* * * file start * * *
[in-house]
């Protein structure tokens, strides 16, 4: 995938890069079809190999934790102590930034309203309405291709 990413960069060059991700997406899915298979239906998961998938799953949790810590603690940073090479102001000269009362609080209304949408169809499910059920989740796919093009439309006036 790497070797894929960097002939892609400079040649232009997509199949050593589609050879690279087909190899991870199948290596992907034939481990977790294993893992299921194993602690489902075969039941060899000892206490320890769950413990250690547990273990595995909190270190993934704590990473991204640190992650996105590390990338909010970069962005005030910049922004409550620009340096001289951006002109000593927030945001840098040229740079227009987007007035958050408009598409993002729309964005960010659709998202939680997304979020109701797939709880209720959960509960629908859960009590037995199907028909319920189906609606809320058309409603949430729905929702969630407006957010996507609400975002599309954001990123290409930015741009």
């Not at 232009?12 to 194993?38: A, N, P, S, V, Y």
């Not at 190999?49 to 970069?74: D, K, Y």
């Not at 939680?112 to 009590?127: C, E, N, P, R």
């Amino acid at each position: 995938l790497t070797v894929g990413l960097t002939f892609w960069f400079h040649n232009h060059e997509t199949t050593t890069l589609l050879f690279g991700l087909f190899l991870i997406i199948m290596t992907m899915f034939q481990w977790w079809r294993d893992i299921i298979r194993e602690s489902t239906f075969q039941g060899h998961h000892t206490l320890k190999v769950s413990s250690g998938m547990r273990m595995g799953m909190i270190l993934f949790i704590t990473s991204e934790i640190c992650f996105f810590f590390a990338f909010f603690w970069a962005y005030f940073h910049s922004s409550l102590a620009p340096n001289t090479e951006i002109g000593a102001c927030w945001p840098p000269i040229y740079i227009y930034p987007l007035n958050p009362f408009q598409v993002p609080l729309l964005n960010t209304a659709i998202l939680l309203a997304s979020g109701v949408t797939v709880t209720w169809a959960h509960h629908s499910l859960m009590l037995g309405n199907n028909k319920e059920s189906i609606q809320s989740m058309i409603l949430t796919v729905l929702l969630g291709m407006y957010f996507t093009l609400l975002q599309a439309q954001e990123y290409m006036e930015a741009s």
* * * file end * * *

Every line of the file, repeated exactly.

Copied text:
[in-house]
């Protein structure tokens, strides 16, 4: 995938890069079809190999934790102590930034309203309405291709 990413960069060059991700997406899915298979239906998961998938799953949790810590603690940073090479102001000269009362609080209304949408169809499910059920989740796919093009439309006036 790497070797894929960097002939892609400079040649232009997509199949050593589609050879690279087909190899991870199948290596992907034939481990977790294993893992299921194993602690489902075969039941060899000892206490320890769950413990250690547990273990595995909190270190993934704590990473991204640190992650996105590390990338909010970069962005005030910049922004409550620009340096001289951006002109000593927030945001840098040229740079227009987007007035958050408009598409993002729309964005960010659709998202939680997304979020109701797939709880209720959960509960629908859960009590037995199907028909319920189906609606809320058309409603949430729905929702969630407006957010996507609400975002599309954001990123290409930015741009």
């Not at 232009?12 to 194993?38: A, N, P, S, V, Y």
């Not at 190999?49 to 970069?74: D, K, Y």
């Not at 939680?112 to 009590?127: C, E, N, P, R």
């Amino acid at each position: 995938l790497t070797v894929g990413l960097t002939f892609w960069f400079h040649n232009h060059e997509t199949t050593t890069l589609l050879f690279g991700l087909f190899l991870i997406i199948m290596t992907m899915f034939q481990w977790w079809r294993d893992i299921i298979r194993e602690s489902t239906f075969q039941g060899h998961h000892t206490l320890k190999v769950s413990s250690g998938m547990r273990m595995g799953m909190i270190l993934f949790i704590t990473s991204e934790i640190c992650f996105f810590f590390a990338f909010f603690w970069a962005y005030f940073h910049s922004s409550l102590a620009p340096n001289t090479e951006i002109g000593a102001c927030w945001p840098p000269i040229y740079i227009y930034p987007l007035n958050p009362f408009q598409v993002p609080l729309l964005n960010t209304a659709i998202l939680l309203a997304s979020g109701v949408t797939v709880t209720w169809a959960h509960h629908s499910l859960m009590l037995g309405n199907n028909k319920e059920s189906i609606q809320s989740m058309i409603l949430t796919v729905l929702l969630g291709m407006y957010f996507t093009l609400l975002q599309a439309q954001e990123y290409m006036e930015a741009s």